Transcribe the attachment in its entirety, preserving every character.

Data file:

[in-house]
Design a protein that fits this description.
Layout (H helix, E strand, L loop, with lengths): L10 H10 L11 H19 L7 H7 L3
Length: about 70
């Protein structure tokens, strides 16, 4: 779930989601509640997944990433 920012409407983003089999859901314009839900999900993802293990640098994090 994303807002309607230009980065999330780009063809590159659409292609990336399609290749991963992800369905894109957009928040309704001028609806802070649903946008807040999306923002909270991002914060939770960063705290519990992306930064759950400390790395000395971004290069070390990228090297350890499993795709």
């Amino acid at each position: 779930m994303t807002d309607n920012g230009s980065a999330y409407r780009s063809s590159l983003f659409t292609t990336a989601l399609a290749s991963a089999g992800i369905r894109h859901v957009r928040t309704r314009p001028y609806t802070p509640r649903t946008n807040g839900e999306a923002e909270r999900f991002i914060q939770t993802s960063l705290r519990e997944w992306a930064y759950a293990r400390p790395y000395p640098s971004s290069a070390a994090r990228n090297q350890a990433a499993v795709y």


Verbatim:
[in-house]
Design a protein that fits this description.
Layout (H helix, E strand, L loop, with lengths): L10 H10 L11 H19 L7 H7 L3
Length: about 70
């Protein structure tokens, strides 16, 4: 779930989601509640997944990433 920012409407983003089999859901314009839900999900993802293990640098994090 994303807002309607230009980065999330780009063809590159659409292609990336399609290749991963992800369905894109957009928040309704001028609806802070649903946008807040999306923002909270991002914060939770960063705290519990992306930064759950400390790395000395971004290069070390990228090297350890499993795709």
């Amino acid at each position: 779930m994303t807002d309607n920012g230009s980065a999330y409407r780009s063809s590159l983003f659409t292609t990336a989601l399609a290749s991963a089999g992800i369905r894109h859901v957009r928040t309704r314009p001028y609806t802070p509640r649903t946008n807040g839900e999306a923002e909270r999900f991002i914060q939770t993802s960063l705290r519990e997944w992306a930064y759950a293990r400390p790395y000395p640098s971004s290069a070390a994090r990228n090297q350890a990433a499993v795709y």